Today in Labor History – January 25th

labor history january 25

Nan Freeman

Sojourner Truth addressed the first Black Women’s Rights convention. – 1851

The Sheet Metal Workers International Association (SMWIA) was founded in Toledo, Ohio as the Tin, Sheet Iron and Cornice Workers’ International Association. – 1888

200 miners were killed in a horrific explosion at the Harwick mine in Cheswick, Pennsylvania, Allegheny County. Many of the dead lay entombed in the sealed mine to this day. – 1904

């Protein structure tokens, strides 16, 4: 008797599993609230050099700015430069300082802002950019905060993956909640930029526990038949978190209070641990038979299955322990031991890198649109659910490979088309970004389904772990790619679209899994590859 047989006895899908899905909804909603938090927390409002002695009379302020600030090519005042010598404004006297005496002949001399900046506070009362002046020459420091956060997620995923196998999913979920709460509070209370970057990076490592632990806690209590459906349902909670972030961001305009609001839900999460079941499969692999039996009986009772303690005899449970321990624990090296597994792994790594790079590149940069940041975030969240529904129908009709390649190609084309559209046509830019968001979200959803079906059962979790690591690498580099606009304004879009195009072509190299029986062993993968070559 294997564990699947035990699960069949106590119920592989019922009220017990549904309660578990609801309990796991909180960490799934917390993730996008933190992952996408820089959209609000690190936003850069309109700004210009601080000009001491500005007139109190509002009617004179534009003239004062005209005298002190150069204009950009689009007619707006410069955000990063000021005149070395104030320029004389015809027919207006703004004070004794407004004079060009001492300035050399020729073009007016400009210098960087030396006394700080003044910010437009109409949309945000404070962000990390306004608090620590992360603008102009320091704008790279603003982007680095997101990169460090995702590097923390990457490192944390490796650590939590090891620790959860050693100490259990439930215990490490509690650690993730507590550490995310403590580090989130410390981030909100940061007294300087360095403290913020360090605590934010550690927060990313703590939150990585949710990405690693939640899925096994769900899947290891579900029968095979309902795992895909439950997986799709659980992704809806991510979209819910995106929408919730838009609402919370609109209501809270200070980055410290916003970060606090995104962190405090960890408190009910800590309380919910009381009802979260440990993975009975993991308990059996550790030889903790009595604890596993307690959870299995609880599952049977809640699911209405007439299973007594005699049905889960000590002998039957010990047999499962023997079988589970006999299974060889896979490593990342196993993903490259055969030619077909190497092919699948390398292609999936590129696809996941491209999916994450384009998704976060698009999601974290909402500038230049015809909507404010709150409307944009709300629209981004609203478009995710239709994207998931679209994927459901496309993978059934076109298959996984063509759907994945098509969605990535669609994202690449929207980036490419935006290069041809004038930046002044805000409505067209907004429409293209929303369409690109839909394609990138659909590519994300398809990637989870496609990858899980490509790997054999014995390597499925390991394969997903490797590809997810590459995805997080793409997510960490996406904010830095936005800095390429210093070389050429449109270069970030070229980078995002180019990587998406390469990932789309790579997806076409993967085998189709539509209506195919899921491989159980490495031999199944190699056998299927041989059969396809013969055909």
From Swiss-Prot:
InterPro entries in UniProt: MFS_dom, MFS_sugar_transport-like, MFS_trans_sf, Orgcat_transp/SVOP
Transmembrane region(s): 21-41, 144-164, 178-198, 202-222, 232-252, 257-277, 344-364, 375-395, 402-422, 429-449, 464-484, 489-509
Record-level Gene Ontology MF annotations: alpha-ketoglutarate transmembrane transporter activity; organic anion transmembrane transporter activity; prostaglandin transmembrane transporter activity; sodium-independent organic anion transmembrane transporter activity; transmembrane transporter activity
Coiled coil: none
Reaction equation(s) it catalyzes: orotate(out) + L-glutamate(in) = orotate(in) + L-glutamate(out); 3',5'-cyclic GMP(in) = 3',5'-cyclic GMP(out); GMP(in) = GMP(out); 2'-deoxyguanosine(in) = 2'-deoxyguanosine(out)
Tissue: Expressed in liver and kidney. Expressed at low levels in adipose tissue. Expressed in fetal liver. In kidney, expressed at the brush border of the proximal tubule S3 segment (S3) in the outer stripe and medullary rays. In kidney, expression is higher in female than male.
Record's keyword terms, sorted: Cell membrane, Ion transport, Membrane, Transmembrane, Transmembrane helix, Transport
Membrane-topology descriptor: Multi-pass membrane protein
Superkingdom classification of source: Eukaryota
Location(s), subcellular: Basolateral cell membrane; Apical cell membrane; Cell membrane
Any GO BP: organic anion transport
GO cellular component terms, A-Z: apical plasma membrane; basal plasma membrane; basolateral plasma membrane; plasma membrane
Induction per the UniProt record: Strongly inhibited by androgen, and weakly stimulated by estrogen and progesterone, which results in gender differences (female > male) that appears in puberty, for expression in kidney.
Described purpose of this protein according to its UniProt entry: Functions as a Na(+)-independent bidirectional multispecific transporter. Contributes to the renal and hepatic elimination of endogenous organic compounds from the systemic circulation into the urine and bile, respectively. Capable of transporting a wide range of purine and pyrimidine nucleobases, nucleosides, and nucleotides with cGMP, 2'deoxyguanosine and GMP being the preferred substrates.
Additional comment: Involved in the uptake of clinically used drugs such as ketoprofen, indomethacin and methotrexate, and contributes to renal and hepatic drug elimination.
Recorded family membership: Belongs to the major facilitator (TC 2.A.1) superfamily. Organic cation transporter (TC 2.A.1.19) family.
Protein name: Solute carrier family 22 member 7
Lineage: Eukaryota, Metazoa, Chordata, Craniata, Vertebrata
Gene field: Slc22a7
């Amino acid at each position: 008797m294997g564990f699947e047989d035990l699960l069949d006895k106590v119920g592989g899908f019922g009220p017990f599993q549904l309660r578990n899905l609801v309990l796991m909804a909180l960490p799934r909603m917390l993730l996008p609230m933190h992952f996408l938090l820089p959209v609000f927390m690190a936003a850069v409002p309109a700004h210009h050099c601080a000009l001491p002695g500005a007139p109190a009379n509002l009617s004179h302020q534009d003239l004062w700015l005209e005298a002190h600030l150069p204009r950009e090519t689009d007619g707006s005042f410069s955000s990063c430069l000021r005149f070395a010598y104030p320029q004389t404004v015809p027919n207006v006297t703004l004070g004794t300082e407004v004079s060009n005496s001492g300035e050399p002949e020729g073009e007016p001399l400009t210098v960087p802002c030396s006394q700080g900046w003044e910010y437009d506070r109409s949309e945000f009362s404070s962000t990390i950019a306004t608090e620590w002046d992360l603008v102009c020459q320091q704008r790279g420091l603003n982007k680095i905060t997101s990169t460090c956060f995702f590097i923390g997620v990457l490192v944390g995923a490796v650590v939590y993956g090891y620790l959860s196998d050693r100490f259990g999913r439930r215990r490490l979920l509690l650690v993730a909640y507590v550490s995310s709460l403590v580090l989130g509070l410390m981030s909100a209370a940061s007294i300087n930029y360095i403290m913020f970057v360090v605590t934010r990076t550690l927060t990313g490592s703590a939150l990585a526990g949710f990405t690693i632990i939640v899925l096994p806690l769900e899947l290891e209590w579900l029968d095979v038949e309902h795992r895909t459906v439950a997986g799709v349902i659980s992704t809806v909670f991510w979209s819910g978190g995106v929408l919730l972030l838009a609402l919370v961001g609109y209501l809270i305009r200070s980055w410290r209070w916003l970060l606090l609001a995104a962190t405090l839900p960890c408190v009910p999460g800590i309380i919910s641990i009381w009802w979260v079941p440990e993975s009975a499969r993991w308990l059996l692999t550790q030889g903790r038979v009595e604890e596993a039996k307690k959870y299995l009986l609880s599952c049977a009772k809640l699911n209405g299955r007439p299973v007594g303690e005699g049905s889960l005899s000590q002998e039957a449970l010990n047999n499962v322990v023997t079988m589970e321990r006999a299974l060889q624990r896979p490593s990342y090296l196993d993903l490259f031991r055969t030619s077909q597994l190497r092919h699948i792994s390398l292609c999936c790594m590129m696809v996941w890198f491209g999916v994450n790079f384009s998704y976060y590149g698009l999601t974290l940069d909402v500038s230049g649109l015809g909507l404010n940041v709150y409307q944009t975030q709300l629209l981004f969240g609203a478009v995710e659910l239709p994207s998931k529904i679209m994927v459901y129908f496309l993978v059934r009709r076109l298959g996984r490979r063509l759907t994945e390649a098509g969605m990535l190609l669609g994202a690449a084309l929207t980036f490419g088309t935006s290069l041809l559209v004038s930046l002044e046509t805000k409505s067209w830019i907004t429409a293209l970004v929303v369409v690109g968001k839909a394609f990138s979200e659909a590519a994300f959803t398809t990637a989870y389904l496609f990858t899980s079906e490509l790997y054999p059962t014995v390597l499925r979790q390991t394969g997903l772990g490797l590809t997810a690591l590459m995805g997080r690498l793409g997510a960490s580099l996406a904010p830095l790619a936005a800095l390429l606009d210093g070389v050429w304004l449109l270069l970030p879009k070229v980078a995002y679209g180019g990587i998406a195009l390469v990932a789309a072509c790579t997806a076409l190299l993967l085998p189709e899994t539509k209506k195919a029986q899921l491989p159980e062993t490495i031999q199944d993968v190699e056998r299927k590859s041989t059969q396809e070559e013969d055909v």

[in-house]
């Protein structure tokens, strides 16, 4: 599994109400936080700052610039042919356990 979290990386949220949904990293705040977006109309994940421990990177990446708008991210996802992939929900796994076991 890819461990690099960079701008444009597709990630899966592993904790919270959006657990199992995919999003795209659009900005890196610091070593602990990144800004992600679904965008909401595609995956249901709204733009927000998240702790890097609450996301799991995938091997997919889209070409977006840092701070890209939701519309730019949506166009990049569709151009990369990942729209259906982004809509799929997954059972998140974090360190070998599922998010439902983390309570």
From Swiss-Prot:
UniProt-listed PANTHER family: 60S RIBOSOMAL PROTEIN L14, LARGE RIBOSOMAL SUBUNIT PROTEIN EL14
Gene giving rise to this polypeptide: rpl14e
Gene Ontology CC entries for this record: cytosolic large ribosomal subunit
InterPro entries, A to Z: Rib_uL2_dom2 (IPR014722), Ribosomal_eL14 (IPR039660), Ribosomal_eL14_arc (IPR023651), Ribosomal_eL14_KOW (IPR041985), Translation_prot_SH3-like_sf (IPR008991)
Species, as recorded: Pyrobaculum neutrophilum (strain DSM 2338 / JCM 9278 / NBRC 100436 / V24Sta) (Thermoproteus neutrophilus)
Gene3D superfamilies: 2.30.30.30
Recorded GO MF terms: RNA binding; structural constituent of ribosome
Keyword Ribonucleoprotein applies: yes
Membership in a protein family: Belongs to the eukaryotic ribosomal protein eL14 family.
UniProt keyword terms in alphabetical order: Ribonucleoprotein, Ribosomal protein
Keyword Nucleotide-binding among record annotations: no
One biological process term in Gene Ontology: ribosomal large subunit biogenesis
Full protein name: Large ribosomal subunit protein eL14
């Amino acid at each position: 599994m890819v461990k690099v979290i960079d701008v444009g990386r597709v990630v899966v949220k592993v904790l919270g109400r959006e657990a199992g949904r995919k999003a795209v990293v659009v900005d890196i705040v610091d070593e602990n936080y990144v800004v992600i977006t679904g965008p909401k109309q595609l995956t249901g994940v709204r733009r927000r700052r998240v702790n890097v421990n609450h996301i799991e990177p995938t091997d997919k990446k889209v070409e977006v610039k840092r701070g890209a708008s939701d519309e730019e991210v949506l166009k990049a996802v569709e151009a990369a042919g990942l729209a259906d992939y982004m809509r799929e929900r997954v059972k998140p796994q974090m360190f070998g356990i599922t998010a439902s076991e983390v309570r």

16,000 textile workers went on strike in Passaic, New Jersey. – 1926

18-year old Nan Freeman, a college student who responded to appeals for help by striking farm workers at the Talisman Sugar plant near Belle Glade, Florida, was struck and killed by a double trailer truck driven by a scab driver. Pickets had complained to the police about scab drivers speeding by the picket lines through stop signs at the plant gates to splash rain and mud on the striking workers. – 1972

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